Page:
The University’s Office of Career Services has transitioned to a new version of the HireTigers online career management system.
The new site, which ispowered by a different vendor and offers high-tech and high-touch resources for undergraduate and graduate students,went live on Sept. 1.
After launching the initial version of HireTigers, which was powered by Symplicity, last fall, Career Services continued to evaluate other vendors and collect anonymous feedback from students as well as student groups such as the Princeton Entrepreneurship Club and the Undergraduate Student Government, Career Service's Director of External Relations and Operations Evangeline Kubu said.
Social platforms are increasingly used in recruiting, Kubu said, adding that Career Services ultimately chose the new vendor, Handshake, to create a site that would look and feel more like a social and professional networking platform.
Handshake is a career services management platform that uses software to help facilitate interactions between students, employers and career services.
Handshake CEO Garrett Lord declined to comment.
“One of the key differences is that it was developed from the ground up with social recruiting and mobile interface in mind,” Kubu said.
This update of HireTigers includes automatic calendar syncing, improved navigation and personalization capability.
Michelle Nedashkovskaya ’16, president of the Peer Career Advisors, has been trained on the new site. She said she thinks it has an improved interface that integrates everything a student might need from Career Services in one place. She described the HireTigers site launched last fall as similar to the beta version of HireTigers.
One problem with the old version, she said, was that it was complicated for students to select their academic and professional fields of interest from drop-down menus of options.
“This time it’ll just be clearer and easier to handle,” Nedashkovskaya said. “You are now supposed to bring in more information about yourself, and employers will be able to see your information on there so that will make everything much easier to filter through and make opportunities that are more relevant to your interests accessible to you.”
Yankia Ned ’17, who logged into the new site and explored the updates, said that although she didn’t use HireTigers much before, she might use it now.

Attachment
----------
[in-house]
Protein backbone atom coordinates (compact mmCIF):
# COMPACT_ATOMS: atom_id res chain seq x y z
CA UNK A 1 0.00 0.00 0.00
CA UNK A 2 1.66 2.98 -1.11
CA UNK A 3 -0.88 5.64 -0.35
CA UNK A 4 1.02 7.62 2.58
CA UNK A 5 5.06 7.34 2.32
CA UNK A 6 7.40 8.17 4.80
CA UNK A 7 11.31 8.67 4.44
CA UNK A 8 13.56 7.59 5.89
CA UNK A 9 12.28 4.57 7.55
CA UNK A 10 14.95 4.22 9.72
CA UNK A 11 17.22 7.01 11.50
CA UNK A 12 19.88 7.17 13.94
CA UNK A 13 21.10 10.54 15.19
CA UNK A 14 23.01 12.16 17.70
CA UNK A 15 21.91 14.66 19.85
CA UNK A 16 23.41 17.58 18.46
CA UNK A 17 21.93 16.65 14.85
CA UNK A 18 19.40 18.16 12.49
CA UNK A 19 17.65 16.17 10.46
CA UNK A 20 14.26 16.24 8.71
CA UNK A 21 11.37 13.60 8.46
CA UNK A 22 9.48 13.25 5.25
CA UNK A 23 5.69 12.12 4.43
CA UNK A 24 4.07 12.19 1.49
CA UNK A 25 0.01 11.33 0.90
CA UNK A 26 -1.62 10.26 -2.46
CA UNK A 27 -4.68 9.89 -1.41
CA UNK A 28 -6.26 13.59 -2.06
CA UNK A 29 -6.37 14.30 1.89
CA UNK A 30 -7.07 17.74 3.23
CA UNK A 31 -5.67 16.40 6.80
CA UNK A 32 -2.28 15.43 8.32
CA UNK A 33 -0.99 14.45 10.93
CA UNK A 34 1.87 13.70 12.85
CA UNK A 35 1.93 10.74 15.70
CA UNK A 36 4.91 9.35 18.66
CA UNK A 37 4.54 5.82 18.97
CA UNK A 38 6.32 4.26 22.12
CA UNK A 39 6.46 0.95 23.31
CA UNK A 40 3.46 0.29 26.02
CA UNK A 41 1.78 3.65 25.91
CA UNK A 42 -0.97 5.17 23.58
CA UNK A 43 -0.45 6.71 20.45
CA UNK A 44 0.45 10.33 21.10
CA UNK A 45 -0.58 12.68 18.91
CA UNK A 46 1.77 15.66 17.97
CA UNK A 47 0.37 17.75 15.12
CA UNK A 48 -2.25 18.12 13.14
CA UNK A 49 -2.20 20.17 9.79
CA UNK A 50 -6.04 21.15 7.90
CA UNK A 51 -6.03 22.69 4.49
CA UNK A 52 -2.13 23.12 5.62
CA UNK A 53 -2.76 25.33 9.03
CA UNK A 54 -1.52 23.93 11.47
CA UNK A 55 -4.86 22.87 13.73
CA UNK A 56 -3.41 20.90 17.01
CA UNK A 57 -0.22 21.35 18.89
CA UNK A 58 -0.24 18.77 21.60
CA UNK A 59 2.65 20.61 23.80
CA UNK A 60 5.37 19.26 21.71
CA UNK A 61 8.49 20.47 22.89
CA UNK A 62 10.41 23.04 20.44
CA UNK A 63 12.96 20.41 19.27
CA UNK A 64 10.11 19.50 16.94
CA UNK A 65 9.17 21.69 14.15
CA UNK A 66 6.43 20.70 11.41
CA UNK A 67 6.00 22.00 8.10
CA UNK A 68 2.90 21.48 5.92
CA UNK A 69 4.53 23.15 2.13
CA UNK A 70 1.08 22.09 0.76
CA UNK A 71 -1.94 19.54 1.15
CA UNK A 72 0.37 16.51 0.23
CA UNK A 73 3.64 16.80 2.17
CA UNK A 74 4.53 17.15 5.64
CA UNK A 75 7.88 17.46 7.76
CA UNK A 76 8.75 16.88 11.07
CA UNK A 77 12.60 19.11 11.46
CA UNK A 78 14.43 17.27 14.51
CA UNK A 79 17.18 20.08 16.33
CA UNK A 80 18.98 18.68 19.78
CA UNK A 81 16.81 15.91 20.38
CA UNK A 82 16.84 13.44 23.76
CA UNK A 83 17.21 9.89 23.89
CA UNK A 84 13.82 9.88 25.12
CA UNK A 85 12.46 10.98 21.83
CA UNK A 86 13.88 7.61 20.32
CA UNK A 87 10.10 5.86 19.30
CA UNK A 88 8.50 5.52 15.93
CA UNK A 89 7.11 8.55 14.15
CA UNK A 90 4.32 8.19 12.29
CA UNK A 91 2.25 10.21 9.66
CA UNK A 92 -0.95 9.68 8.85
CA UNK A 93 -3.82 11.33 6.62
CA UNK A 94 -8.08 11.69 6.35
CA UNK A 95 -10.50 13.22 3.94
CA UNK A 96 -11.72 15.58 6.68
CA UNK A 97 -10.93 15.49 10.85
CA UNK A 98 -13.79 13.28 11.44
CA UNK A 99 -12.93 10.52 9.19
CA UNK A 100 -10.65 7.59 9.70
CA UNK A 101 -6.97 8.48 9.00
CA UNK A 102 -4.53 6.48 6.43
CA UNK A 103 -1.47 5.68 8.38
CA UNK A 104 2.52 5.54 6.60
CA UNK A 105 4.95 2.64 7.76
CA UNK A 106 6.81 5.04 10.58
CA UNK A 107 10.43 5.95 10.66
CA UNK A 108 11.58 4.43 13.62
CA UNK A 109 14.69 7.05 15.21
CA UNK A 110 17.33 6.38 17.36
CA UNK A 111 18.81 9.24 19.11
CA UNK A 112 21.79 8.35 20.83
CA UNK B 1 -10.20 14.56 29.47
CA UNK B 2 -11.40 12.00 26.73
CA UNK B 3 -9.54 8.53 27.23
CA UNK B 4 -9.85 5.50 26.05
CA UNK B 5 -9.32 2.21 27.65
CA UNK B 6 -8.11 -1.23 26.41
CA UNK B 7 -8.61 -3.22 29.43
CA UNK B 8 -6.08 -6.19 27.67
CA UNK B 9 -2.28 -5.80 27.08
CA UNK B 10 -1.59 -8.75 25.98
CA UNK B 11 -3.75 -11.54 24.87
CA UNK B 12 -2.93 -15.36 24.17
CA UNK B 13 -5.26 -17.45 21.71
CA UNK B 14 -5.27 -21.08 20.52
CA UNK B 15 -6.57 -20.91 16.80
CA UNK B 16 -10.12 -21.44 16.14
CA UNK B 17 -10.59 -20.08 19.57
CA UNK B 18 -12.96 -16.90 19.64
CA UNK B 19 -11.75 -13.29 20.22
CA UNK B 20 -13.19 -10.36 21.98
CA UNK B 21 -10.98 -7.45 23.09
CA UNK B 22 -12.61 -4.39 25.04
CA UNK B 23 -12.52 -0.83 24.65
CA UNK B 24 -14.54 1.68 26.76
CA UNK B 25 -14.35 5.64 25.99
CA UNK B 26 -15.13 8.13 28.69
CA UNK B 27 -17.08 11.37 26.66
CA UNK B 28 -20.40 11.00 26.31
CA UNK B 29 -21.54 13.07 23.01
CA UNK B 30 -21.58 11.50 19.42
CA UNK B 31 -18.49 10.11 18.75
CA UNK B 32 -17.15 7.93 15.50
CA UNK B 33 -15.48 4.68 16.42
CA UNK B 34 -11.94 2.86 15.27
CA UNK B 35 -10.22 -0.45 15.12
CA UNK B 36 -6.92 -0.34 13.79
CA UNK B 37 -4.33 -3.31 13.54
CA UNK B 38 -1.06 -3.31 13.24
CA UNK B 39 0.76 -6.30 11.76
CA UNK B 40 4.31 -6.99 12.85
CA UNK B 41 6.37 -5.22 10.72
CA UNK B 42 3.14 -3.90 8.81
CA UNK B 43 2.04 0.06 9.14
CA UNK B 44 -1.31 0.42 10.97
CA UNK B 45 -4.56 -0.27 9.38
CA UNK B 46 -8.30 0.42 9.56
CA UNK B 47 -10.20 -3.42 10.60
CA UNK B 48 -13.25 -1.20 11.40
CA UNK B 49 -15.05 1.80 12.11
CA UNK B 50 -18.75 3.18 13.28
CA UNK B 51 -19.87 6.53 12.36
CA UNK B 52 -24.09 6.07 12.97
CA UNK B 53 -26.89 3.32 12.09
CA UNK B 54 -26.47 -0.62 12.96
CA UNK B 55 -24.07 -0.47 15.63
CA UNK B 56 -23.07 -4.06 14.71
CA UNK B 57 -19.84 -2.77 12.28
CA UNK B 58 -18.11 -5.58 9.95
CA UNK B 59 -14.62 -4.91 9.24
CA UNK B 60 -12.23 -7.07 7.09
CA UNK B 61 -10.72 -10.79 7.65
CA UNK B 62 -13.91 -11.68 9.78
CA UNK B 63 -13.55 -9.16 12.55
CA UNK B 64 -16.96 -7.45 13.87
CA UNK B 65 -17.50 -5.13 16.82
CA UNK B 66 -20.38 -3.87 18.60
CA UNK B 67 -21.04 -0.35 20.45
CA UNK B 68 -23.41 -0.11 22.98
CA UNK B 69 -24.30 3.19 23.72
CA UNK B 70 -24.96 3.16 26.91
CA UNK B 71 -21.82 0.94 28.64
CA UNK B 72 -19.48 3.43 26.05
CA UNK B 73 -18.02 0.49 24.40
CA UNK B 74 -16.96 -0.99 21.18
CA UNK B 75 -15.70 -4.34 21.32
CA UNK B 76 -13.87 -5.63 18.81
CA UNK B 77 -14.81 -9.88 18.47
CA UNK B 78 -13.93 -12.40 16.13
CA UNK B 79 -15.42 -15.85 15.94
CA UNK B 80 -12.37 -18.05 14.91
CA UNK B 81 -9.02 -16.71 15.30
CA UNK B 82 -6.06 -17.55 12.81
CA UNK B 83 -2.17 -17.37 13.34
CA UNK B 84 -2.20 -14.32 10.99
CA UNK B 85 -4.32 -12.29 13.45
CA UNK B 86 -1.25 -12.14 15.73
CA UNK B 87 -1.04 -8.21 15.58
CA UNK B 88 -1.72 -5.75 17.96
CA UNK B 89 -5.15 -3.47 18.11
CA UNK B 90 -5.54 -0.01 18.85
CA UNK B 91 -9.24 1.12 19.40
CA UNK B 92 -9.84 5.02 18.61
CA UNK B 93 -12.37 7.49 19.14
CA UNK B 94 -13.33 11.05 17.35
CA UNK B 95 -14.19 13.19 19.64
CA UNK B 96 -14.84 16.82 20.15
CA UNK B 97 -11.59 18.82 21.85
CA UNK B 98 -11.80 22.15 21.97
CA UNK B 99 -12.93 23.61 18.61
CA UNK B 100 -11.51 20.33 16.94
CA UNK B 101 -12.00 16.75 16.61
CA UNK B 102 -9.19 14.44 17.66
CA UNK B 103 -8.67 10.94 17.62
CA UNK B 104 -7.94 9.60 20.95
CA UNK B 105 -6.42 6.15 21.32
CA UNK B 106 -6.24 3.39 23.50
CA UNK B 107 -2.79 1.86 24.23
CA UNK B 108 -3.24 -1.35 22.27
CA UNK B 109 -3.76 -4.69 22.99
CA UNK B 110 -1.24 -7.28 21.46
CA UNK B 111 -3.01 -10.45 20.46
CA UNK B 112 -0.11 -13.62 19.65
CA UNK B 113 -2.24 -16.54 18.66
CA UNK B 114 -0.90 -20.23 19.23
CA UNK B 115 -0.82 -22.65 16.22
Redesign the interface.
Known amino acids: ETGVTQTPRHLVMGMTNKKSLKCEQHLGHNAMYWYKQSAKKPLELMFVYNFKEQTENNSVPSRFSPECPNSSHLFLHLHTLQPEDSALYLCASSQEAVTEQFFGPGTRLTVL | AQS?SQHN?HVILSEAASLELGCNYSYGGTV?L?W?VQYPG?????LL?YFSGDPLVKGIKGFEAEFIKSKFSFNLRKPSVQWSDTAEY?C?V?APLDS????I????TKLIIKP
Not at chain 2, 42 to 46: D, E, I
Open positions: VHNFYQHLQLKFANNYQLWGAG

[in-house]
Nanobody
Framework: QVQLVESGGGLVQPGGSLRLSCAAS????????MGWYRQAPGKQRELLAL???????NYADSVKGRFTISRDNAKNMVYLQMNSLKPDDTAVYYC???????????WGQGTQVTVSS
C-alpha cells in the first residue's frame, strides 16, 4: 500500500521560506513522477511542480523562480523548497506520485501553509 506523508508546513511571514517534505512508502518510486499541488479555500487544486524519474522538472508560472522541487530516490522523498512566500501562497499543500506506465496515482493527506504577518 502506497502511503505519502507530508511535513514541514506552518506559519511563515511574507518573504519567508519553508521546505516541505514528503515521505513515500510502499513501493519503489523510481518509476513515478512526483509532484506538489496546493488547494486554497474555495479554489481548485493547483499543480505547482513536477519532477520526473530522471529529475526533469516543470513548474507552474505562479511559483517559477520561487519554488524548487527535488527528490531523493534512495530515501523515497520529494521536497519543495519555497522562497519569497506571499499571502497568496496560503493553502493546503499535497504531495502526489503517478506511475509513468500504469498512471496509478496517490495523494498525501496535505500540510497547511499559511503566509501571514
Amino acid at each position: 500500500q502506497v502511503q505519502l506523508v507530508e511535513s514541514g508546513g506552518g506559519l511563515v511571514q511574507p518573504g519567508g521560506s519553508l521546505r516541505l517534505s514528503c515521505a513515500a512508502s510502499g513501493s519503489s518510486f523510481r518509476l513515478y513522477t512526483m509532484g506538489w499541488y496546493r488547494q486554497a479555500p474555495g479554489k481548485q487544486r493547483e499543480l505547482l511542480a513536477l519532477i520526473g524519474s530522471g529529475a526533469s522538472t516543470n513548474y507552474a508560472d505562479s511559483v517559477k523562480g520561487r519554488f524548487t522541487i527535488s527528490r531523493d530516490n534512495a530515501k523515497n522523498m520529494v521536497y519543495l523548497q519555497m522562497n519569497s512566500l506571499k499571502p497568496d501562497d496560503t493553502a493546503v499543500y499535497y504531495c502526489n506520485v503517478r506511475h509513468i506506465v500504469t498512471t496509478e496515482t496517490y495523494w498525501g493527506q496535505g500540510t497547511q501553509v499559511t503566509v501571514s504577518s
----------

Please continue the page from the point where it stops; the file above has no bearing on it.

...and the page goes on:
“It’s definitely more intuitive. It’s kind of like Facebook in a way, and I kind of like that,” Ned said. “They should definitely have a more specified way of seeing things though so you don’t get flooded with information.”
Viveka Mastandrea ’17, said she thinks learning how to better highlight her strengths to employers online would be helpful.
“It’s so different now that people can access that more easily,” Mastandrea said. “I am kind of more in favor of being able to separate personal accounts and professional accounts, but I’m still very much a fan of social sites like LinkedIn for getting yourself out there.”
Kubu explained that the update to HireTigers comes at the beginning of a concerted effort Career Services will be making in the coming months to educate and engage students online and across social platforms. She said she thinks most students use social media primarily for personal use, but more and more employers are looking at candidates’ profiles on different social media sites.
Career Services is going to try to connect with all of its stakeholders online on sites such as Facebook, Instagram and Twitter this upcoming academic year, she added.
“We’re really going to be focusing on the nuances between professional and personal uses of social sites,” Kubu said. “We’re going to enhance our efforts to teach students how to design a professional digital presence.”
Career Services launched HireTigers in September 2014 as a replacement for the former TigerTracks system, in response to student feedback that the former platform was outdated and difficult to navigate.
Kubu also noted that Career Services is constantly reevaluating the technology it uses in order to provide cutting-edge resources to students.
“Students should stay tuned for additional resources that are going to be added soon,” Kubu said. “We’re actively looking at many other technologies.”